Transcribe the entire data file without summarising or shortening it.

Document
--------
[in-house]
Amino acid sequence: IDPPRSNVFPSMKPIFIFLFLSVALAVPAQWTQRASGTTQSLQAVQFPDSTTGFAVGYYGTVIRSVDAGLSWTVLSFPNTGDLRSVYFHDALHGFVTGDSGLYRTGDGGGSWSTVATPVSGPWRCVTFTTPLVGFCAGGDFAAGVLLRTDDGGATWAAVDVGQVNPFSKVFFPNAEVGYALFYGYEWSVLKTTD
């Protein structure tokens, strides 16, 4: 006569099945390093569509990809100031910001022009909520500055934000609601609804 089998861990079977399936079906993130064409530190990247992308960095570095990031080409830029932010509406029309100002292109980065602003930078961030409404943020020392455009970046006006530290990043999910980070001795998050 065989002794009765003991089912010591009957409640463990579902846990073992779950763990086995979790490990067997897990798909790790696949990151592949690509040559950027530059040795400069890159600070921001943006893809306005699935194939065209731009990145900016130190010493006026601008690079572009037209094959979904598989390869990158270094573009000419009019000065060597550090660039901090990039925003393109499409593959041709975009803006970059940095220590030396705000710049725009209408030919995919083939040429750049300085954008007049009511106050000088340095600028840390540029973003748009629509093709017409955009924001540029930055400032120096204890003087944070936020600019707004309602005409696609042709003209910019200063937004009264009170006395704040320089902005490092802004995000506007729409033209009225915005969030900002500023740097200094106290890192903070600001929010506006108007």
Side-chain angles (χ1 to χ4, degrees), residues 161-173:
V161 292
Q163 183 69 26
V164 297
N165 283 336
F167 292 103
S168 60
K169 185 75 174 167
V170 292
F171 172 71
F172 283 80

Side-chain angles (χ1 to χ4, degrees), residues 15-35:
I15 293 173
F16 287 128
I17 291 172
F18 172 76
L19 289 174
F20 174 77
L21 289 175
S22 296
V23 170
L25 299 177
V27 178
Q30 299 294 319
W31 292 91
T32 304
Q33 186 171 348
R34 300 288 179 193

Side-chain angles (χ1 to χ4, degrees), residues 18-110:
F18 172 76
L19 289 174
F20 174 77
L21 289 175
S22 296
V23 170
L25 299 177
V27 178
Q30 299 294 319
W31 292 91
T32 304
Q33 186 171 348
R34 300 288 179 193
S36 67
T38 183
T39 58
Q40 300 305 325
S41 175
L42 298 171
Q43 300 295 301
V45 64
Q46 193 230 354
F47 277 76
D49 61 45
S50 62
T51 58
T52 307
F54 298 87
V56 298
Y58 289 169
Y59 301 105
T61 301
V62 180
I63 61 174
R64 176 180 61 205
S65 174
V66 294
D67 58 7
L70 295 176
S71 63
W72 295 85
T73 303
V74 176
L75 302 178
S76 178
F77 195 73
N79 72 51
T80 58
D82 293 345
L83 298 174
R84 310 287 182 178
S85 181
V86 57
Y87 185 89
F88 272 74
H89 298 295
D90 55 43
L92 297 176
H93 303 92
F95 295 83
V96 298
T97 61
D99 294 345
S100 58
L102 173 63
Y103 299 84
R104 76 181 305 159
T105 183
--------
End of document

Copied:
[in-house]
Amino acid sequence: IDPPRSNVFPSMKPIFIFLFLSVALAVPAQWTQRASGTTQSLQAVQFPDSTTGFAVGYYGTVIRSVDAGLSWTVLSFPNTGDLRSVYFHDALHGFVTGDSGLYRTGDGGGSWSTVATPVSGPWRCVTFTTPLVGFCAGGDFAAGVLLRTDDGGATWAAVDVGQVNPFSKVFFPNAEVGYALFYGYEWSVLKTTD
């Protein structure tokens, strides 16, 4: 006569099945390093569509990809100031910001022009909520500055934000609601609804 089998861990079977399936079906993130064409530190990247992308960095570095990031080409830029932010509406029309100002292109980065602003930078961030409404943020020392455009970046006006530290990043999910980070001795998050 065989002794009765003991089912010591009957409640463990579902846990073992779950763990086995979790490990067997897990798909790790696949990151592949690509040559950027530059040795400069890159600070921001943006893809306005699935194939065209731009990145900016130190010493006026601008690079572009037209094959979904598989390869990158270094573009000419009019000065060597550090660039901090990039925003393109499409593959041709975009803006970059940095220590030396705000710049725009209408030919995919083939040429750049300085954008007049009511106050000088340095600028840390540029973003748009629509093709017409955009924001540029930055400032120096204890003087944070936020600019707004309602005409696609042709003209910019200063937004009264009170006395704040320089902005490092802004995000506007729409033209009225915005969030900002500023740097200094106290890192903070600001929010506006108007």
Side-chain angles (χ1 to χ4, degrees), residues 161-173:
V161 292
Q163 183 69 26
V164 297
N165 283 336
F167 292 103
S168 60
K169 185 75 174 167
V170 292
F171 172 71
F172 283 80

Side-chain angles (χ1 to χ4, degrees), residues 15-35:
I15 293 173
F16 287 128
I17 291 172
F18 172 76
L19 289 174
F20 174 77
L21 289 175
S22 296
V23 170
L25 299 177
V27 178
Q30 299 294 319
W31 292 91
T32 304
Q33 186 171 348
R34 300 288 179 193

Side-chain angles (χ1 to χ4, degrees), residues 18-110:
F18 172 76
L19 289 174
F20 174 77
L21 289 175
S22 296
V23 170
L25 299 177
V27 178
Q30 299 294 319
W31 292 91
T32 304
Q33 186 171 348
R34 300 288 179 193
S36 67
T38 183
T39 58
Q40 300 305 325
S41 175
L42 298 171
Q43 300 295 301
V45 64
Q46 193 230 354
F47 277 76
D49 61 45
S50 62
T51 58
T52 307
F54 298 87
V56 298
Y58 289 169
Y59 301 105
T61 301
V62 180
I63 61 174
R64 176 180 61 205
S65 174
V66 294
D67 58 7
L70 295 176
S71 63
W72 295 85
T73 303
V74 176
L75 302 178
S76 178
F77 195 73
N79 72 51
T80 58
D82 293 345
L83 298 174
R84 310 287 182 178
S85 181
V86 57
Y87 185 89
F88 272 74
H89 298 295
D90 55 43
L92 297 176
H93 303 92
F95 295 83
V96 298
T97 61
D99 294 345
S100 58
L102 173 63
Y103 299 84
R104 76 181 305 159
T105 183